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Sponsored by Closed Loop

B2B Marketers, raise your hand if you’re ready for 2023 to be over.  

If you’re wondering: 

  • How can I possibly do more with less?
  • How can I still demonstrate continued growth?
  • How do I meet the sustained high expectations of stakeholders?
  • How do I generate creative campaigns at scale?
  • And... how can I best protect my own job security in all this? 

As a trusted digital advertising agency partner to clients like Calendly, Clover, RingCentral, Harvest and more, Closed Loop has helped B2B marketing leaders deliver exceptional results under constantly shifting circumstances.  

We hear you, and we’re here for you. Like therapy for marketing professionals, we help navigate the storm. 

If you’re looking for a fresh start in 2024, Closed Loop can immediately identify wasted spend in your advertising campaigns, stretch and redirect those dollars to stronger revenue generating channels and uncover new growth opportunities in your market segment. 

Qualifying Exit Five community members are invited to receive a complimentary custom advertising review with actionable insights to make a significant impact in the new year.Lock in your custom advertising review today >>


What Marketers Are Budgeting For In 2024 


I recently listened in on a conference where basically every session started with the speaker saying “In 2023, marketers are being asked to do more with less,” or, “budgets have been slashed this year,” etc. You get the idea. 


Yes, many budgets are tighter. Yes, companies are struggling to grow more now. Yes, leaders are looking more closely at the ROI of marketing teams and programs.


But simultaneously, the machine hums along. We keep the channels on that work. We cut the things that don’t drive results, and we have to plan for 2024. 


At the beginning of 2023, a little over a third of marketing budgets were reduced. But over a third increased, and around a third stayed flat (according to this poll).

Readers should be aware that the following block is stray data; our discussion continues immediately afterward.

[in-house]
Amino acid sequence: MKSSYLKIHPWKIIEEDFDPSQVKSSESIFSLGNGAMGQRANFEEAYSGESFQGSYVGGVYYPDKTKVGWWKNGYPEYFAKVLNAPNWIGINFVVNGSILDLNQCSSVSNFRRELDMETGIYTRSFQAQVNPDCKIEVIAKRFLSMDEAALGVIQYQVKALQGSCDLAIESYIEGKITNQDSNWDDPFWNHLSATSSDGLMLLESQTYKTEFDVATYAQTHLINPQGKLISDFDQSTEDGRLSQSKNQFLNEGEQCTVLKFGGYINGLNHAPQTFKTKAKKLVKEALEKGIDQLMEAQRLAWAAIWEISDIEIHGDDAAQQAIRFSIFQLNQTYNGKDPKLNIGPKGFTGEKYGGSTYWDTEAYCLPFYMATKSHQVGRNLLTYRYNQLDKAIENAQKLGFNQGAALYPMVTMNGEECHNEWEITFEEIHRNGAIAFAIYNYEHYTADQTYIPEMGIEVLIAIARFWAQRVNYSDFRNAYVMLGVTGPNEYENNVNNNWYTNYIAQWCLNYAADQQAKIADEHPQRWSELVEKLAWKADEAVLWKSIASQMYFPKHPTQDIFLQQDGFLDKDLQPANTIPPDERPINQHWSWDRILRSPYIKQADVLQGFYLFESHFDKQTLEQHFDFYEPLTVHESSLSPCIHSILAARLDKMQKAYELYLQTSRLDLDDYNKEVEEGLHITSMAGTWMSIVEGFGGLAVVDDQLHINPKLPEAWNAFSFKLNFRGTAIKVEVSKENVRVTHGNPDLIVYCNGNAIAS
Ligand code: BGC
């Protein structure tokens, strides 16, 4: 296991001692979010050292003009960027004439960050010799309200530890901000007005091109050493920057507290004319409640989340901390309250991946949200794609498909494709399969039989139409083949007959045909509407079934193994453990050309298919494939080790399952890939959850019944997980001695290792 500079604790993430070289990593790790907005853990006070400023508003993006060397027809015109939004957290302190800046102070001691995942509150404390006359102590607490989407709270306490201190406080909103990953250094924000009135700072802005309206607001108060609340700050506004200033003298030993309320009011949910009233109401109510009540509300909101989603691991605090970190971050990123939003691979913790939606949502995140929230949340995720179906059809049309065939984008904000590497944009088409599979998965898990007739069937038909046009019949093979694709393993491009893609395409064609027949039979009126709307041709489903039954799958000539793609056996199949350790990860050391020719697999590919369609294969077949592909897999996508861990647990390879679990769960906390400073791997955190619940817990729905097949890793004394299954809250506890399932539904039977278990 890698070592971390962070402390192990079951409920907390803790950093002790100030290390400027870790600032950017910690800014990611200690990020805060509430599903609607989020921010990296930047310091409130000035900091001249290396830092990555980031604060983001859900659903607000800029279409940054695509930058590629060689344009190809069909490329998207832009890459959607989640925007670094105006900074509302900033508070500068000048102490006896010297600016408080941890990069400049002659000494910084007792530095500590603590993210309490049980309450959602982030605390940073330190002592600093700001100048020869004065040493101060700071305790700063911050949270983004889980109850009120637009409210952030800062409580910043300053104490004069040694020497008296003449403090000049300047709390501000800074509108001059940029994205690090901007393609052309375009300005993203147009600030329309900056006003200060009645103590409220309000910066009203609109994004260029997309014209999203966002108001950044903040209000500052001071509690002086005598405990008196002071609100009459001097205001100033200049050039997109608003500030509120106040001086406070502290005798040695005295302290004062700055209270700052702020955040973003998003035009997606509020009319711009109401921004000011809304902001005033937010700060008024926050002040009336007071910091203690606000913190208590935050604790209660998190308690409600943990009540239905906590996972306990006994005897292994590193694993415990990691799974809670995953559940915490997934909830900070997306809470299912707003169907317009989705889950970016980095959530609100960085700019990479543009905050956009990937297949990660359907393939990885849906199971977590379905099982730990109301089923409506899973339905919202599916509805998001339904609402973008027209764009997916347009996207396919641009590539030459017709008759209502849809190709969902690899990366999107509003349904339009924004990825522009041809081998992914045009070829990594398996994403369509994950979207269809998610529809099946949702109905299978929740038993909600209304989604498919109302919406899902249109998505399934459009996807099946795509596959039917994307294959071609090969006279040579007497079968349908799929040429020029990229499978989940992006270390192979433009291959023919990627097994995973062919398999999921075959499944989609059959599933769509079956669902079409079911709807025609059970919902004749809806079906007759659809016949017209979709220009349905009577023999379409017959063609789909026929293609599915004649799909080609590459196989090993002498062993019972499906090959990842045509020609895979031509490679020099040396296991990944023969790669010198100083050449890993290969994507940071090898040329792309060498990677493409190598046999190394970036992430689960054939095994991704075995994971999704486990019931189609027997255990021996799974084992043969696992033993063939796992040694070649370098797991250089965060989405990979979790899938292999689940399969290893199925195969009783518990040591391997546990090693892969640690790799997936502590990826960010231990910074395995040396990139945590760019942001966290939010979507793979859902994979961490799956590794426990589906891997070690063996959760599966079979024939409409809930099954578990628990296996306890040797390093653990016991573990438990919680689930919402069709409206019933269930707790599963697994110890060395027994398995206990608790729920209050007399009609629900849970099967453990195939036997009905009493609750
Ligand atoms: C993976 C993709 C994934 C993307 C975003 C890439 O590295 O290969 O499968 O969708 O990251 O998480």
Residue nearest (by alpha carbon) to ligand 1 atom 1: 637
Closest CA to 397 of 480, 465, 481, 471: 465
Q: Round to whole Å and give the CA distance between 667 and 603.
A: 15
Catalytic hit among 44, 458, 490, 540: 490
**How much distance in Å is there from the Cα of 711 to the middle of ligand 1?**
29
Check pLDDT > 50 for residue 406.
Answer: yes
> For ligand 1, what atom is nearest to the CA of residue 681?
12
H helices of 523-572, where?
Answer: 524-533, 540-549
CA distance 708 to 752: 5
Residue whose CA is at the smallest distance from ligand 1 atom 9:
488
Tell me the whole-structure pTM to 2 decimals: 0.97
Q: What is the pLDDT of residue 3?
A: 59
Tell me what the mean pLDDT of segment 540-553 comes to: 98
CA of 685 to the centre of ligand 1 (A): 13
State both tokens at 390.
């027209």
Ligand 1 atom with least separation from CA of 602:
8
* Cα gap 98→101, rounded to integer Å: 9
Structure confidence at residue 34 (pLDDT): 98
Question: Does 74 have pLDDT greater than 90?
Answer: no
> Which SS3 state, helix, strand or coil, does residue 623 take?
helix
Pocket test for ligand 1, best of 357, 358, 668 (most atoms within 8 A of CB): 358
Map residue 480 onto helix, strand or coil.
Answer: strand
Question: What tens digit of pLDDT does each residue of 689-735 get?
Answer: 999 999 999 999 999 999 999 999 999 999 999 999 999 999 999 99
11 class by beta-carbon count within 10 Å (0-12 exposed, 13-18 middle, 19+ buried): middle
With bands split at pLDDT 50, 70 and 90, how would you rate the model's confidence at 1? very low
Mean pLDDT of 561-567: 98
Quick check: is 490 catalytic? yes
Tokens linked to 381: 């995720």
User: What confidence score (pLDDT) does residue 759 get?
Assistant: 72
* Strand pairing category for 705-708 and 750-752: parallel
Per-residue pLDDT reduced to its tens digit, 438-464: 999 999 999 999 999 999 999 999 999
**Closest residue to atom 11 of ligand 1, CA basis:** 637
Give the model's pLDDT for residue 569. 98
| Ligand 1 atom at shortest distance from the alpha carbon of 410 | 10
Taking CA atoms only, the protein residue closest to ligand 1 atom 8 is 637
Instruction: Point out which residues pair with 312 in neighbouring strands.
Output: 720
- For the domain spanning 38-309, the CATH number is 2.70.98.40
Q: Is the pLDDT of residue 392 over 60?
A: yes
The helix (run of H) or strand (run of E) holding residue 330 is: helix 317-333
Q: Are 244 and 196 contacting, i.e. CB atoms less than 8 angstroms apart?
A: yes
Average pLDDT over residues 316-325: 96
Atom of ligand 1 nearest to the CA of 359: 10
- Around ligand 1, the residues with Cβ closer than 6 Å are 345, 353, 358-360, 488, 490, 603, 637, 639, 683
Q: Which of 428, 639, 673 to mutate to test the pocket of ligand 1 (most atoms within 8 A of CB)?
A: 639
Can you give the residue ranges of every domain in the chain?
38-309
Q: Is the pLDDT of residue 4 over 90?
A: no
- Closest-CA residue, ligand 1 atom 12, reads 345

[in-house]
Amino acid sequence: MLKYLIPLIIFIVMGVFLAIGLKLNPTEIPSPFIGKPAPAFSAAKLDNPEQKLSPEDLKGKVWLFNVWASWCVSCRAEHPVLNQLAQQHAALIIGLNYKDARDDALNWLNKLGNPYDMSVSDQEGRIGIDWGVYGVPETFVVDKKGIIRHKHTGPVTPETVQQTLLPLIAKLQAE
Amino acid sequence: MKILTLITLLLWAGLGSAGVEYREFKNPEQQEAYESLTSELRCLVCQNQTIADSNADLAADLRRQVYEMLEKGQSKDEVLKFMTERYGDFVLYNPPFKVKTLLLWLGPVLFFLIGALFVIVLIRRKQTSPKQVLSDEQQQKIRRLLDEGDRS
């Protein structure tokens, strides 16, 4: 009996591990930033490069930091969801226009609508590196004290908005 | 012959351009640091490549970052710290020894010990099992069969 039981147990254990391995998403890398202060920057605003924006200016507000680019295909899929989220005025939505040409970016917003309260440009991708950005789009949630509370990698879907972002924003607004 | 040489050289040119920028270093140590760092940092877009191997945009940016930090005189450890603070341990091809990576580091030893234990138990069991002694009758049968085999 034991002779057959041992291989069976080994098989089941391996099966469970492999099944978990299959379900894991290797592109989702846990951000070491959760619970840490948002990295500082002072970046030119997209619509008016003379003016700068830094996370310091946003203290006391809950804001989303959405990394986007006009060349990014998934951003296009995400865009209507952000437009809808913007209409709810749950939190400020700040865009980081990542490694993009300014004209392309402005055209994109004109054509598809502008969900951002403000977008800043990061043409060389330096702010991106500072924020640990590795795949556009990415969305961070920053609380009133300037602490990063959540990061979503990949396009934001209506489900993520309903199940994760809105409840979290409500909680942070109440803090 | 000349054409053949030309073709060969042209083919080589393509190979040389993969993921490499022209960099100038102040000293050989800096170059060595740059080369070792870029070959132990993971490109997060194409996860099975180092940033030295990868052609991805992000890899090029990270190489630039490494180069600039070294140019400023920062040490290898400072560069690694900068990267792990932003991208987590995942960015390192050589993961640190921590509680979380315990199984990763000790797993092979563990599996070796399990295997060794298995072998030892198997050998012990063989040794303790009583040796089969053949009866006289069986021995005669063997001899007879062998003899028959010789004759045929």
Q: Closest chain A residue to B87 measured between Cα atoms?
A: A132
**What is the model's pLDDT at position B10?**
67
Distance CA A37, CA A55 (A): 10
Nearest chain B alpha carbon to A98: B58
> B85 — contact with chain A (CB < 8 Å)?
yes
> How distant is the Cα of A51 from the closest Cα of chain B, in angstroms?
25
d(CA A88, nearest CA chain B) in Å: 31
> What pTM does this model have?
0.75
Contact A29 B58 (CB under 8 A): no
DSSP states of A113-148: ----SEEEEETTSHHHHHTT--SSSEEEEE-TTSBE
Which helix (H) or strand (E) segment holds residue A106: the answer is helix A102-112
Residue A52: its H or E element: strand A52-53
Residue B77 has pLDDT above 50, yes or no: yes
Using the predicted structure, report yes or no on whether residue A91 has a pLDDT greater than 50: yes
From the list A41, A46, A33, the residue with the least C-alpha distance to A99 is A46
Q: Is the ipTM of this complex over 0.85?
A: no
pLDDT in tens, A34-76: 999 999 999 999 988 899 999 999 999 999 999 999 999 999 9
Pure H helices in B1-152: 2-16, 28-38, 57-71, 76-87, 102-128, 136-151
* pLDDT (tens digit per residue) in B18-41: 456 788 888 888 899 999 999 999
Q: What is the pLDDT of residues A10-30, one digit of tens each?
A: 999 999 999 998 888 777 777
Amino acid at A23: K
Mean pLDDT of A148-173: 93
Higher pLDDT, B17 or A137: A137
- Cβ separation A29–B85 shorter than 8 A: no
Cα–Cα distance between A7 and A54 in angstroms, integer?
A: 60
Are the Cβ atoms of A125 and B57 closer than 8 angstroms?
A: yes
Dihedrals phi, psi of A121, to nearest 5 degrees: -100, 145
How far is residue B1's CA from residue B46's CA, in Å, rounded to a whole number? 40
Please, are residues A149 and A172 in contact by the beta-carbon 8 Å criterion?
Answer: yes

A more recent SaaStr survey confirmed that out of ~1,700 responses, a full 71% of people in SaaS are feeling “more bullish about 2024 than 2023. And only 9% think things will be tougher next year.”


So the more nuanced situation is that most people are still marketing, hoping to grow, and budgeting for that in 2024. 


I recently asked the community what they’re budgeting for in 2024, and was excited to see a range of hires, tactics, channels, etc.  


Hey Exit Five - We're turning the corner into Q4 and budgeting for next year.


What tools, tech, agencies, or hires are you budgeting for in 2024 that you're not currently spending on today?


So, what are you hoping to get in the 2024 budget that's not in there today?

This makes good sense to me - shifting away from sponsorships (where you don’t always control the outcome or if it will drive revenue), and leaning into owned events. This doesn’t have to be a huge conference by the way to drive revenue - getting 50-100 of your best customers and prospects into a room together is magical.

Doubling down on owned media/activities like: events, content, video - We’ve heard this from many people actually. Building a content engine takes time and doesn’t always directly correlate to ROI, but it’s such a solid long term play that people are excited about it for 2024.

Hiring sales and marketing. Say what you will about the state of job boards… accretive roles are still moving.

This seems like a product led marketing growth motion based on the PMM and Product data analyst hires. They’re attempting to drive company growth through optimizing product usage.

Part time marketing help – I’ve heard of this happening more and I’ve been seeing it more especially at the earlier stages, where companies might not have budget for full time staff. This is absolutely an option to advocate for if you're making tradeoffs in a budget. Like hey - we can use a freelancer for X, if I can increase program spend on Y channel.